CONCORD, N.H. — Hundreds gathered early Monday evening for a candlelight vigil to honor the life and service of Bradley Haas, 63, a security officer who was fatally shot Friday in the line of duty.
Mourners held tea lights in cupcake wrappers as they assembled at a soccer field less than half a mile from New Hampshire Hospital, where Haas had been stationed when a man with a pistol opened fire Friday afternoon in the lobby before being quickly subdued by a nearby trooper.
Governor Chris Sununu said Haas saved lives that day and died upholding the commitment to public service that typified his career, which entailed three decades with the Franklin Police Department, including as the city’s police chief.
“If that level of sacrifice and service isn’t the definition of heroism, I don’t know what is,” Sununu said.
Haas was working as an unarmed security officer for the New Hampshire Department of Safety when he was shot, and news of the violence at the state-run psychiatric facility brought swarms of law enforcement personnel, first responders, and news media to the 120-acre campus where thousands of state employees work for a variety of agencies — so the tragic event left many government employees feeling a sense of grief, sorrow, and pain on a personal level.
As the vigil was held amid near-freezing temperatures, organizers provided a warming tent with hot beverages for those who might need a break from the cold, and workers from the National Alliance on Mental Illness New Hampshire offered emotional support for those who might seek it.
Madhumita Chatterjee, who works for the New Hampshire Department of Health and Human Services, was among the many state employees at the vigil. Wrapped in a fleece blanket to shield herself from the cold, she reflected on the shared sense of shattered security.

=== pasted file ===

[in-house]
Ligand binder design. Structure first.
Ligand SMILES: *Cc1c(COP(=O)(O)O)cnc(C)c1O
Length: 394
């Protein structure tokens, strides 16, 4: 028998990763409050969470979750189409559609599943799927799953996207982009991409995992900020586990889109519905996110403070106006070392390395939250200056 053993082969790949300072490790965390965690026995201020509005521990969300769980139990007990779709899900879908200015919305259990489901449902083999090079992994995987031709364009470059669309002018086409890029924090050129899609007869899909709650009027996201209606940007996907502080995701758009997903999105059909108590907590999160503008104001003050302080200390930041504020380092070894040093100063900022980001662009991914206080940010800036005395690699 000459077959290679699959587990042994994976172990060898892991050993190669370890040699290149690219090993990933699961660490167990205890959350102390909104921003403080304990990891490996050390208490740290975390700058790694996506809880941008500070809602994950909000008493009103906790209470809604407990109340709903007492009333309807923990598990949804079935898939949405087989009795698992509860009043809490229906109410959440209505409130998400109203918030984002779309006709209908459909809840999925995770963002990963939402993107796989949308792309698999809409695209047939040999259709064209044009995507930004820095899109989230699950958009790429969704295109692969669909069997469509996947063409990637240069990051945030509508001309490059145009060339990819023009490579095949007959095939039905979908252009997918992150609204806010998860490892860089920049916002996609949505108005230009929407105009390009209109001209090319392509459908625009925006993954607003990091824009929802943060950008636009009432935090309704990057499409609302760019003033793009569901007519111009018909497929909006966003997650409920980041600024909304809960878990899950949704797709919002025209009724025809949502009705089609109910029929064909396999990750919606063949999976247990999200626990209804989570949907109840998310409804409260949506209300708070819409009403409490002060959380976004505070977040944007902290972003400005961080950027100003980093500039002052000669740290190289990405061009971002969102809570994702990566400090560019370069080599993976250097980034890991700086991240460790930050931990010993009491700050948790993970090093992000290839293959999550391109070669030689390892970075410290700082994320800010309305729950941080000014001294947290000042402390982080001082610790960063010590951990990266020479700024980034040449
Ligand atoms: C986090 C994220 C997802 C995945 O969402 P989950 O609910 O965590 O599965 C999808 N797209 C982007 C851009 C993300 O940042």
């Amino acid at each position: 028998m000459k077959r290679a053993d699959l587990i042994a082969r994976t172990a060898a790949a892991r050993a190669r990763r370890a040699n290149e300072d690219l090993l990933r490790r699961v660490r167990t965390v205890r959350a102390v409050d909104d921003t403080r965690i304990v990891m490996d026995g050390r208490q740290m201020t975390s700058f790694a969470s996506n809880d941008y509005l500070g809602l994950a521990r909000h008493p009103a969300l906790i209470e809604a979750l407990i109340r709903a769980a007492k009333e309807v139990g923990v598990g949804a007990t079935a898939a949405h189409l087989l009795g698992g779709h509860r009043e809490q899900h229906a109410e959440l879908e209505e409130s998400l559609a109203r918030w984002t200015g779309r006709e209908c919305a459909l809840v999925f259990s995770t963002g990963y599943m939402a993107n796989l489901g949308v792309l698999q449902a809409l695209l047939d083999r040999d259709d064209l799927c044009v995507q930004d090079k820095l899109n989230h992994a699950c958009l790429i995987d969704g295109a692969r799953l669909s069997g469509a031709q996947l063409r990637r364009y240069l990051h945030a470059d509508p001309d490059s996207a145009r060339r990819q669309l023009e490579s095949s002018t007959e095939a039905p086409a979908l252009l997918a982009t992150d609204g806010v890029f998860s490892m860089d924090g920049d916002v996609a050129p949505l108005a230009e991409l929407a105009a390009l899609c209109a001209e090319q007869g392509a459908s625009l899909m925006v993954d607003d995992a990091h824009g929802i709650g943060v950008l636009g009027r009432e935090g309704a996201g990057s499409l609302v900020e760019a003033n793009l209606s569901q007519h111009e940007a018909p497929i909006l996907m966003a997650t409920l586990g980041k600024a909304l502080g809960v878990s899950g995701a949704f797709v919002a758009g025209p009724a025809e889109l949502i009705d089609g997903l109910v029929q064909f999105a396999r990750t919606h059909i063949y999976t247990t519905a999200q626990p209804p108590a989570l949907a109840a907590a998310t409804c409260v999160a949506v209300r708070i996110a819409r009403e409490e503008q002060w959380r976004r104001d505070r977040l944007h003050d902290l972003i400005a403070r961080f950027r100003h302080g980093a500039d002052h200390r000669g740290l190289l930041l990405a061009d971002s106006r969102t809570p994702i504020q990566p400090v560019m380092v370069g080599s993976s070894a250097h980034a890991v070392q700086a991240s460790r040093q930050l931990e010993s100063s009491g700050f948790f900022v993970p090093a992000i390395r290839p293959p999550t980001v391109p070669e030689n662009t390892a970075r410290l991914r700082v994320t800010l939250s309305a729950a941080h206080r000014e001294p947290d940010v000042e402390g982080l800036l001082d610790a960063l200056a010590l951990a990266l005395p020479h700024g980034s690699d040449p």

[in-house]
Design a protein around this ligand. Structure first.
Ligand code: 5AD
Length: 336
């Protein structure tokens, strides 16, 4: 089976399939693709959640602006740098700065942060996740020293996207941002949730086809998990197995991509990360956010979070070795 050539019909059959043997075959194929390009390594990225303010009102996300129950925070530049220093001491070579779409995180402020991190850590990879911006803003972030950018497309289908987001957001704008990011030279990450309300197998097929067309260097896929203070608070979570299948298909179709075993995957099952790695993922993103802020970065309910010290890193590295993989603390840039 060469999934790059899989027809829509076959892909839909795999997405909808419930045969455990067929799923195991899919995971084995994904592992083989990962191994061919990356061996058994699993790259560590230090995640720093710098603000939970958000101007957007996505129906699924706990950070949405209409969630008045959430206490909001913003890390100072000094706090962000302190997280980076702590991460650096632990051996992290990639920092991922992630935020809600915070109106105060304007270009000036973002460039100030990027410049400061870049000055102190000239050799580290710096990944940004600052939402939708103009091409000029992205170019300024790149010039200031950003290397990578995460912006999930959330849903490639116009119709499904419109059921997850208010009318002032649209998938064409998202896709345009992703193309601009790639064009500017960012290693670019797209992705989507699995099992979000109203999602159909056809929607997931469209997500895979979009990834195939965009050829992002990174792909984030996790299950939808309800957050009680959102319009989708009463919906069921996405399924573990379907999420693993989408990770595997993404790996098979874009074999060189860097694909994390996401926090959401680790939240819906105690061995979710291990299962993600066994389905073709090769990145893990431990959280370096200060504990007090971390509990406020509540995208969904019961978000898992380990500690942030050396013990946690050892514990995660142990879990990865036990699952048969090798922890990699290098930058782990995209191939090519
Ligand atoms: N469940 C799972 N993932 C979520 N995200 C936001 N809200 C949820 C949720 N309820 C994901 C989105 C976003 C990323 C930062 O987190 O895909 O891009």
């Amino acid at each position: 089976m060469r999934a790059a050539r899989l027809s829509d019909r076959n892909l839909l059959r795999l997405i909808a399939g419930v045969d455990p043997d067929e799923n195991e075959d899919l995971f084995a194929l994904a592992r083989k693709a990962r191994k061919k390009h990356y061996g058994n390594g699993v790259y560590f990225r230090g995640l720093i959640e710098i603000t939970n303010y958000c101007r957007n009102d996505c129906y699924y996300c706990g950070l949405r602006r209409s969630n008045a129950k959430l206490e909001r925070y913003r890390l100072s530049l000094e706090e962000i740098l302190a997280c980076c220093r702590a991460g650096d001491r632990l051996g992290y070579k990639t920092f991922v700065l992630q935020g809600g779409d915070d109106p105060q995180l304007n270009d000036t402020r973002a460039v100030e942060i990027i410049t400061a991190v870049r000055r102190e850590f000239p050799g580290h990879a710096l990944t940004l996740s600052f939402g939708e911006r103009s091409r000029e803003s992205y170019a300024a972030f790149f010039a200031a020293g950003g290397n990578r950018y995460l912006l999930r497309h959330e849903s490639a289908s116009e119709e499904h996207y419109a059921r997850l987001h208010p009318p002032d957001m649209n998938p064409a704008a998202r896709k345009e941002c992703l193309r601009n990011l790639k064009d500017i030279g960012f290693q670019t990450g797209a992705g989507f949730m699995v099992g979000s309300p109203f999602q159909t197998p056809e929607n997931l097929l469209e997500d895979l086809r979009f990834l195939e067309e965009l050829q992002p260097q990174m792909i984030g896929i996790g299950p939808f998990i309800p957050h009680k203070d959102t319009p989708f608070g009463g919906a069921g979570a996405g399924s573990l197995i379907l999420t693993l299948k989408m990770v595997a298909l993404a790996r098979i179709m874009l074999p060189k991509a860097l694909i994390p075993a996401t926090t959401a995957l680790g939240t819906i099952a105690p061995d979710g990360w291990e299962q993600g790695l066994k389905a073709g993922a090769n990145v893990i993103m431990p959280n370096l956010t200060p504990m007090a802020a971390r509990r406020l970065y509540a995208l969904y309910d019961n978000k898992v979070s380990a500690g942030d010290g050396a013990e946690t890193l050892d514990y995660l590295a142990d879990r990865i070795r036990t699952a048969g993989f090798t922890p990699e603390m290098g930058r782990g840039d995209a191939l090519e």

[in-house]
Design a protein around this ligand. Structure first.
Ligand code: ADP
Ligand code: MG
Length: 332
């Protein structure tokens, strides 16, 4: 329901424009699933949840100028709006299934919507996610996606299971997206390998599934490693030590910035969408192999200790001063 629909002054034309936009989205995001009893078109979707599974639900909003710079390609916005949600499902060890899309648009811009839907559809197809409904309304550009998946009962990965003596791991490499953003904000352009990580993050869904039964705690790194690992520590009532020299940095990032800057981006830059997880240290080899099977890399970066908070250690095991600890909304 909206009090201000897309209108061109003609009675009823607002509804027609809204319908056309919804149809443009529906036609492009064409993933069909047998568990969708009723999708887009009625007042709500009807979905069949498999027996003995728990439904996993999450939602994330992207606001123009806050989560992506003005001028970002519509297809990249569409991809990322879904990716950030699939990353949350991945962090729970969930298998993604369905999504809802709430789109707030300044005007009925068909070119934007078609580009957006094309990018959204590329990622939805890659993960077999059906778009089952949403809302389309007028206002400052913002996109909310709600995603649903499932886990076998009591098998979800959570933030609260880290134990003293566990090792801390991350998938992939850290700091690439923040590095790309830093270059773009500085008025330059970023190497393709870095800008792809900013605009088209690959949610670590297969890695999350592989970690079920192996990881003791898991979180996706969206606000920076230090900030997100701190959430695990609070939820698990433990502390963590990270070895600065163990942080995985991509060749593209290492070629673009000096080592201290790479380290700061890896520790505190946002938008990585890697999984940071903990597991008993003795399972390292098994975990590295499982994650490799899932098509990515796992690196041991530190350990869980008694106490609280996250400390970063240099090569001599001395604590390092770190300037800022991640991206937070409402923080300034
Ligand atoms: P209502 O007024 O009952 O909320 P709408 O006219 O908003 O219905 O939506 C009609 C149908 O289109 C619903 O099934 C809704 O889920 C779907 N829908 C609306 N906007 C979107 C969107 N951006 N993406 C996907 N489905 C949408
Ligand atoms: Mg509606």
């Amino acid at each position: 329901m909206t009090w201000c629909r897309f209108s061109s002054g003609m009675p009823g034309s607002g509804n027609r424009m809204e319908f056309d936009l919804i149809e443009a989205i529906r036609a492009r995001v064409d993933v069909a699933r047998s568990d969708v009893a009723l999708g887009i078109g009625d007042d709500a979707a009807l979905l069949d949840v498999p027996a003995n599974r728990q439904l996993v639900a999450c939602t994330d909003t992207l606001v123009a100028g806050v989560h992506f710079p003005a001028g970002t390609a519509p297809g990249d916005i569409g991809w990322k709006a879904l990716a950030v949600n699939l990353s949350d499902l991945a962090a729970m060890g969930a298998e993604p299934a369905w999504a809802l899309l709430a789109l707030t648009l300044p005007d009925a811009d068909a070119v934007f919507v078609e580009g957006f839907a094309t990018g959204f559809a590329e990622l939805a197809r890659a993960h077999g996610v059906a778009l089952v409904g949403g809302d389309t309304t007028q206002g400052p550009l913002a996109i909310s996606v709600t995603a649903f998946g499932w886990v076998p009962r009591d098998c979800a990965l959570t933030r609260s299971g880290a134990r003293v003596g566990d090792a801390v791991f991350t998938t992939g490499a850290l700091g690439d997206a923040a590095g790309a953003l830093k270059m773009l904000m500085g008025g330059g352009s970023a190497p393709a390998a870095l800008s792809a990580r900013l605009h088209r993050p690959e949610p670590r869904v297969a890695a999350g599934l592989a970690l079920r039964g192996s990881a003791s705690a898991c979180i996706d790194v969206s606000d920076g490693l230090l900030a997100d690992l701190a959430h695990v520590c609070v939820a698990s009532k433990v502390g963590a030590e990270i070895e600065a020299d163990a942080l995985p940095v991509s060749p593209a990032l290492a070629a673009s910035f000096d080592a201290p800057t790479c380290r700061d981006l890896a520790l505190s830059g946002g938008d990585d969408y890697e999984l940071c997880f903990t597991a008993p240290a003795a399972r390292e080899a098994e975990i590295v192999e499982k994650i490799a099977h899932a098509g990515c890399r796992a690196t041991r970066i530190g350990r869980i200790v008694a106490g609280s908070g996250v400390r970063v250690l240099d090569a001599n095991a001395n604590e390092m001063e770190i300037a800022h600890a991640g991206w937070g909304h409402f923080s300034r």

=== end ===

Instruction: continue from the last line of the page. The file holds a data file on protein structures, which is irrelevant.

“We always keep thinking New Hampshire, especially Concord, to be an extremely safe space, and for it to hit even our corner does give us that feeling of fear, feeling of uncertainty,” Chatterjee said.
Sununu praised state employees for jumping into action on Friday and coming right back to work the next day, supporting each other and their community to soldier on.
“That’s what Granite Staters are,” he said. “It’s leaning on each other, not just leaning on a system, but leaning on each other in our most troubled times. ... Our bond with our neighbors holds strong, especially in times as trying as these.”
Health and Human Services Commissioner Lori Weaver said the outpouring of support the state has seen in the past few days is a testament to the state’s resilience.
“Though we gather in grief and sorrow today, we also gather in unity and solidarity,” Weaver said. “We’ve all been impacted by this tragic event in some way; however, this organization and this campus have been a place of care for generations. May they also be a placing of healing.”
Safety Commissioner Robert Quinn recounted Haas’s career, noting that he had served as a military police officer in the US Army from 1978 to 1981. He also praised the state police trooper who subdued the shooter, the dispatcher, and others who responded quickly to prevent the violence from spreading. Police said John Madore, who had been held at the hospital in 2016, shot Haas before being fatally shot by a New Hampshire State Police trooper.
“It’s incredibly important that we remain united as a community and work together through this tragedy,” Quinn said.